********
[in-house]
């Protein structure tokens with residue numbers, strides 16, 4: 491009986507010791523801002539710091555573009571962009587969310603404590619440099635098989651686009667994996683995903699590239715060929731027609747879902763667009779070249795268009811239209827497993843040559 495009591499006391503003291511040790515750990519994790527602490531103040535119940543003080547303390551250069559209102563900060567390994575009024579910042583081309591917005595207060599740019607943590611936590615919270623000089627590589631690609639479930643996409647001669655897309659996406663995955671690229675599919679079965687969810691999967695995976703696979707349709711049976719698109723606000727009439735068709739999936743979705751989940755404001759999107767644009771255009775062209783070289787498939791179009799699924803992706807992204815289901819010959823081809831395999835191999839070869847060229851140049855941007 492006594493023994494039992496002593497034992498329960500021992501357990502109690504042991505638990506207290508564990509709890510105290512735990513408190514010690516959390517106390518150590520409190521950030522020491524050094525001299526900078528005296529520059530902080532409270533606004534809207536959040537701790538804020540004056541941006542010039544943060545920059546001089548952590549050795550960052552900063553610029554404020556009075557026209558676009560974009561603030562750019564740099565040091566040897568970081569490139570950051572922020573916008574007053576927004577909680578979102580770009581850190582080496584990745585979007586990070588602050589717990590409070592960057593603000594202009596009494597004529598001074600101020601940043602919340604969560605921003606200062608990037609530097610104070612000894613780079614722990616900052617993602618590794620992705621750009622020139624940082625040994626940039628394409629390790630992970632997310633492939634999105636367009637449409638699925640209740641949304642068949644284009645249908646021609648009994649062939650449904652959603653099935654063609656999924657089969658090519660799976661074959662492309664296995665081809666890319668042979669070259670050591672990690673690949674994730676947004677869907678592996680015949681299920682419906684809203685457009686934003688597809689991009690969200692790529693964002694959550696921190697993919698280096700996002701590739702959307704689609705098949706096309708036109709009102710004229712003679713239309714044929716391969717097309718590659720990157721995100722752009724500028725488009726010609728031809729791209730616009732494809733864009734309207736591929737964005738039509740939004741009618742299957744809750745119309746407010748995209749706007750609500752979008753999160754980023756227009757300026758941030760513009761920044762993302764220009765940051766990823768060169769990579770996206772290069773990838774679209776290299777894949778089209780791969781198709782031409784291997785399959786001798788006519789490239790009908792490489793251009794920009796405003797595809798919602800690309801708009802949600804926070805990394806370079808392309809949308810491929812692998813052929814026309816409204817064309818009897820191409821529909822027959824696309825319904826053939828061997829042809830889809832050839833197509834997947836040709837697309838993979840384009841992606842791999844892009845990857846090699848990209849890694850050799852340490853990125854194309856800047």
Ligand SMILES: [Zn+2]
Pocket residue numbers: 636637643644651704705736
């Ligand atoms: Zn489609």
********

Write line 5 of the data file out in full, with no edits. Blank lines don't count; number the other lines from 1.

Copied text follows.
């Ligand atoms: Zn489609």